in Awareness

Don’t Say Gay

My wife brought to my attention last week that a bill was making it’s way through Tennessee’s Senate that prohibits teachers and staff of grades K-8 from discussing anything “gay” related.

Yes, you read that right. Welcome to the south, everyone.

To quote this Knox News article:

As introduced, the bill would have put into law a declaration that it is illegal to discuss any sexual behavior other than heterosexuality prior to the ninth grade.

But when it came before the Senate Education Committee, Sen. Jim Tracy, R-Shelbyville, contended current law already prohibits such instruction by deeming it a misdemeanor to teach any sex education that is not part of the “family life curriculum” adopted by the state Board of Education.

Campfield contends homosexuality is being discussed in classrooms. Spokesmen for the Board of Education and the state Department of Education told the committee they are unaware of any such activity.

This bill has yet to make it to the Full Senate, where, if passed, it would become law. Also, Tennessee already prohibits ANY kind of sex education in grades K-8 – making this even more pointless.

Though, the issue that concerns me isn’t with teaching “gay sex ed” but with the fact that school teachers and staff aren’t allowed to discuss anything “gay-related” at all. If a child needs an adult to talk to about bullying or their own sexuality – they’ll have to look elsewhere.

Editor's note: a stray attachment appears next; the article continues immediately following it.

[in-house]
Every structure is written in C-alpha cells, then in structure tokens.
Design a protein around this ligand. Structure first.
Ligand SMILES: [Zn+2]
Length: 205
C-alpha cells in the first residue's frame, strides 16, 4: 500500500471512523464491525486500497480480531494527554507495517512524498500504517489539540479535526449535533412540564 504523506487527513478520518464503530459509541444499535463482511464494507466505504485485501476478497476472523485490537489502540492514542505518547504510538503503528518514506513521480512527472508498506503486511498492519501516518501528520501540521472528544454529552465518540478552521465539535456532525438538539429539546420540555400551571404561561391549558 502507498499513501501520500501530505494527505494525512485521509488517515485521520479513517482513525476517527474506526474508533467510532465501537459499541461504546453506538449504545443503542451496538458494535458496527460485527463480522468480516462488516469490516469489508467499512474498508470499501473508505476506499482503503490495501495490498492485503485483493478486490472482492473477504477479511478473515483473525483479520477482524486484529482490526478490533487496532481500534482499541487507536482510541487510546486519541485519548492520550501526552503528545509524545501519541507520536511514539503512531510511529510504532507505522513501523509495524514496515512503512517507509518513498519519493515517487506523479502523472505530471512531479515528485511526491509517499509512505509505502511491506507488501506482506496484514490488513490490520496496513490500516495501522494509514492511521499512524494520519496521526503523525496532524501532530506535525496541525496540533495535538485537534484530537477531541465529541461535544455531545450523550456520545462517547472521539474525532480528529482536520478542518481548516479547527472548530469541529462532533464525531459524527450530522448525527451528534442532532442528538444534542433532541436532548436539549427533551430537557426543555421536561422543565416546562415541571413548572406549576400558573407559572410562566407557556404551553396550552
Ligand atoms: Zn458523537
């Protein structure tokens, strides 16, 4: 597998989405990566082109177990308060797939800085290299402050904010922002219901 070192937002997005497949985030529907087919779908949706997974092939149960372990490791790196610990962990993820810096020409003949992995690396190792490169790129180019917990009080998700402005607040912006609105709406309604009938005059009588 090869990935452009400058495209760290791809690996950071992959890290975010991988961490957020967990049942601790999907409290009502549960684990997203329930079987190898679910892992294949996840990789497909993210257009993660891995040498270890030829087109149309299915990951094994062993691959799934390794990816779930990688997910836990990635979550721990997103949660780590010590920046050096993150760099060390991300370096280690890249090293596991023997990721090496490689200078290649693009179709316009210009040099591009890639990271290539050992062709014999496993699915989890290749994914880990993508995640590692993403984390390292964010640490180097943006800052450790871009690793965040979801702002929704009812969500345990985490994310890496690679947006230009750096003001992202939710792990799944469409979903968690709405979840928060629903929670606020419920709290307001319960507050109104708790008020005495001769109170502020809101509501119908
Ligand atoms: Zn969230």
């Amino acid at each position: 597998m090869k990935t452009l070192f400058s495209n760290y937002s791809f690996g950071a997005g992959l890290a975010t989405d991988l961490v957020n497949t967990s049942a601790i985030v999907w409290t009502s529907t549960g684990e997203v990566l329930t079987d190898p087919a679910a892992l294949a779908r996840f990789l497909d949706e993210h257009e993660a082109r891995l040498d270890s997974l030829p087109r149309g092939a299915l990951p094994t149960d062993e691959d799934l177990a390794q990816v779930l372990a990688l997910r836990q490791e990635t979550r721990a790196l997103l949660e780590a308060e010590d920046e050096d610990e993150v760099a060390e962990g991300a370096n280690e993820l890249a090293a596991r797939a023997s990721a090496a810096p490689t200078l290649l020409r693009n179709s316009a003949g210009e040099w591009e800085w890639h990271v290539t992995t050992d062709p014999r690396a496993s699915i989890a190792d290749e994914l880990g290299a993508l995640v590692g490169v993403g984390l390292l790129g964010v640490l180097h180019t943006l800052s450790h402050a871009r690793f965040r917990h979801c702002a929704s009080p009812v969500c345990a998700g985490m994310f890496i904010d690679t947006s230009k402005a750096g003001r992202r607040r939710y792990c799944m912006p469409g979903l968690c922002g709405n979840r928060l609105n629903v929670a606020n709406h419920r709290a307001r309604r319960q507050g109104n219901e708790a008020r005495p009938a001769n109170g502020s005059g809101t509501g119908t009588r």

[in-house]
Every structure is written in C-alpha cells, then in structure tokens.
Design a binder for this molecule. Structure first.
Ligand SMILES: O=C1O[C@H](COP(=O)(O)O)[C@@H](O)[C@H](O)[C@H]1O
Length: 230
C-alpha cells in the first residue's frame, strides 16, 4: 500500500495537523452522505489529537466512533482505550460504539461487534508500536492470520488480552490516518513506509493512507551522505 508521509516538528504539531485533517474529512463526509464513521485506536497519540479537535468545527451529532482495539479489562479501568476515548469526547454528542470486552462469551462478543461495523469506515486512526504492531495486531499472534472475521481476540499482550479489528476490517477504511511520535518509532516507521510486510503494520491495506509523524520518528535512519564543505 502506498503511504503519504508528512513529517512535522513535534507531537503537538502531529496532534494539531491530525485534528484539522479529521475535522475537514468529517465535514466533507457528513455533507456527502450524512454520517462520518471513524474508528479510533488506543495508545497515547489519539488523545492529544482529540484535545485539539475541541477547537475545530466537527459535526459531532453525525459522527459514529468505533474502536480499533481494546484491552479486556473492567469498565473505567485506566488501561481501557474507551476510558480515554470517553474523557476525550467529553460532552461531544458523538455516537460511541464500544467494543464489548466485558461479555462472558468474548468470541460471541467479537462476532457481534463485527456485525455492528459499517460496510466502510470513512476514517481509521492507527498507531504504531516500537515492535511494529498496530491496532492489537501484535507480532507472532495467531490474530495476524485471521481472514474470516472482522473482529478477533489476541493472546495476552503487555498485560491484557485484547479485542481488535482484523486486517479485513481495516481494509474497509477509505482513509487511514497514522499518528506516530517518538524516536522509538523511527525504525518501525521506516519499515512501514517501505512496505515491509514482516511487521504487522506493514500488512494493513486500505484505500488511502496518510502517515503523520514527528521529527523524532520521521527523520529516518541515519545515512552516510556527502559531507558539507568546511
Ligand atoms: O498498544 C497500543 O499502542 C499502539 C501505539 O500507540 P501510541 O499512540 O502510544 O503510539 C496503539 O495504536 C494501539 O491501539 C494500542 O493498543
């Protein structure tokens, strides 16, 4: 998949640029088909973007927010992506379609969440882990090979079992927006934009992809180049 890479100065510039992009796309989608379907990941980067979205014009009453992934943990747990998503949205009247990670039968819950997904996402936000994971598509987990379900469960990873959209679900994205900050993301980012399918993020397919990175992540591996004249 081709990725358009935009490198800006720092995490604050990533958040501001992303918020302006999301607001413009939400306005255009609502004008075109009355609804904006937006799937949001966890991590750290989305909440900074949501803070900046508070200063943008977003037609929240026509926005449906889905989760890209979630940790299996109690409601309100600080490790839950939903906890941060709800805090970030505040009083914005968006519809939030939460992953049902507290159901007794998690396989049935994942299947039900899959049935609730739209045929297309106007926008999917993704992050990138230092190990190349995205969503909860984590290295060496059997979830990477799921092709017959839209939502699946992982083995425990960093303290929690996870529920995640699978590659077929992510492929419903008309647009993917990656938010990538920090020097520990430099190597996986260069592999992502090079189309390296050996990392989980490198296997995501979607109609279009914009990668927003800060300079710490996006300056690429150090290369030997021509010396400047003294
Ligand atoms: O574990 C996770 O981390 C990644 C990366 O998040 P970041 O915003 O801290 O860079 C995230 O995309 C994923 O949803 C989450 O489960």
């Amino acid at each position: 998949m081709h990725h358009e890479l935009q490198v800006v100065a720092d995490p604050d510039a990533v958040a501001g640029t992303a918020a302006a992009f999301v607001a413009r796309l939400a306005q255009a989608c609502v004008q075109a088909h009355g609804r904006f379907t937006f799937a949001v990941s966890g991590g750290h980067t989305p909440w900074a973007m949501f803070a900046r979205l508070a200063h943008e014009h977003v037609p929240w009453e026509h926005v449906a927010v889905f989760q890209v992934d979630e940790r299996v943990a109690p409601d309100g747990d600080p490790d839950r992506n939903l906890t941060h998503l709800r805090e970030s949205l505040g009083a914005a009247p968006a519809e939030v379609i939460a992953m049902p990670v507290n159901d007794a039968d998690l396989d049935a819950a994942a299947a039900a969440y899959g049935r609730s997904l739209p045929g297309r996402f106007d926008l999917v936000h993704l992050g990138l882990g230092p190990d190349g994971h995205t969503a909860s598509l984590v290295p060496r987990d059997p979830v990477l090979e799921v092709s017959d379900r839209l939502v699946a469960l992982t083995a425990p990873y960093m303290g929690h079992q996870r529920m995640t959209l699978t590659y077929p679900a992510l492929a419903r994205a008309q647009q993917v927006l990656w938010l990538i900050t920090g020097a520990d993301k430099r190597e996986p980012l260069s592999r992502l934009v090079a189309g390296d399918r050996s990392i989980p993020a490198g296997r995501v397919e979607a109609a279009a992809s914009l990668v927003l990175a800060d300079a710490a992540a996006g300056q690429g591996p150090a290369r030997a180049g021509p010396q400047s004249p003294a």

I encourage you to watch the video above and share your thoughts in the comments below. Here’s to hoping this ridiculous bill doesn’t get any further down the pipeline…

Can’t see the video? Click here.

Add Your Voice



  1. Matt, thanks for your video and for this blog post raising awareness and thinking critically about anti-gay legislation like this in TN. As a straight advocate for my LGBT friends, I’m disheartened when I hear news like this, but I am encouraged (as you mentioned in your video) that public opinion does appear to be shifting nationally to more and more equality and inclusiveness. I hope more straight allies in Tennessee will stand up and let their voices be heard in opposition to discriminatory and backward legislation like this.

    • Thanks for your comment, Steve. I believe we will continue to move toward a much more accepting society and I think it will be up to our generation to TRULY make a difference in legislation on both a national and local level. Having an open dialogue like this is one step of many to get people thinking about these things that are happening in communities all over the country…